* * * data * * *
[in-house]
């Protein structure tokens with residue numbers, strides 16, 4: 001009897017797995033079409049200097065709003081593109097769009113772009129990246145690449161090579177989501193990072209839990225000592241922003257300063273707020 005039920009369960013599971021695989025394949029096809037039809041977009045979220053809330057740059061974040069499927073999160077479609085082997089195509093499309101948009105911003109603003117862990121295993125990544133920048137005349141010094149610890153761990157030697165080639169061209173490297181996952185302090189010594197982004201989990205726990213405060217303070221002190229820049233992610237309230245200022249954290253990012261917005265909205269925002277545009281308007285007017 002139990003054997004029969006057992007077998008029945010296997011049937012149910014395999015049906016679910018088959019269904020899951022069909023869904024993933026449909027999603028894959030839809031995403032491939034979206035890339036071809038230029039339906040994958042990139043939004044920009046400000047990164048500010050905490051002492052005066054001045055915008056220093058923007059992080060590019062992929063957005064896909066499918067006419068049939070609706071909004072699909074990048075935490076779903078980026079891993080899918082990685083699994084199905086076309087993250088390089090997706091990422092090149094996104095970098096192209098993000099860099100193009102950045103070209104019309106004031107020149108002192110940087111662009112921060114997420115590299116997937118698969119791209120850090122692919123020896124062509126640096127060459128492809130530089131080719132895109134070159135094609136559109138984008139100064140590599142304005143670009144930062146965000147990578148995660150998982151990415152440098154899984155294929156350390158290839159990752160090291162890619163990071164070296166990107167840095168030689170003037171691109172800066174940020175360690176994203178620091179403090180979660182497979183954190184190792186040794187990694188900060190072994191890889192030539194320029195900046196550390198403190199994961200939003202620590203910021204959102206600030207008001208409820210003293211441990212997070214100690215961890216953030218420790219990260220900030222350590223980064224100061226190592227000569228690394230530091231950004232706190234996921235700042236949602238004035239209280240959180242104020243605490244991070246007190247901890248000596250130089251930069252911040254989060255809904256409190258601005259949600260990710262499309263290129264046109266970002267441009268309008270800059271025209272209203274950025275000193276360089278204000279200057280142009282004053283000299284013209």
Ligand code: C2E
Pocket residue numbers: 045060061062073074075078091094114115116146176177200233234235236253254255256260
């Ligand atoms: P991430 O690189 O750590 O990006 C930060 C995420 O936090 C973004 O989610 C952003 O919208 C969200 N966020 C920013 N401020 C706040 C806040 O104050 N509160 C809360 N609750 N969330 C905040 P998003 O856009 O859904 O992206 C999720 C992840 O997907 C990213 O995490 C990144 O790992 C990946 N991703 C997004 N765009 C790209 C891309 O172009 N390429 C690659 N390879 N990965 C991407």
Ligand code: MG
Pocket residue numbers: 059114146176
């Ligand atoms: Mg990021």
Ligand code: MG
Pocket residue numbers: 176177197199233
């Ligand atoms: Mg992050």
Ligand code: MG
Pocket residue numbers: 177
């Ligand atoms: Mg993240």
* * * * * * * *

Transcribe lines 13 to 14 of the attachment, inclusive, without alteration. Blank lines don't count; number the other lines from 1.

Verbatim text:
Pocket residue numbers: 177
């Ligand atoms: Mg993240």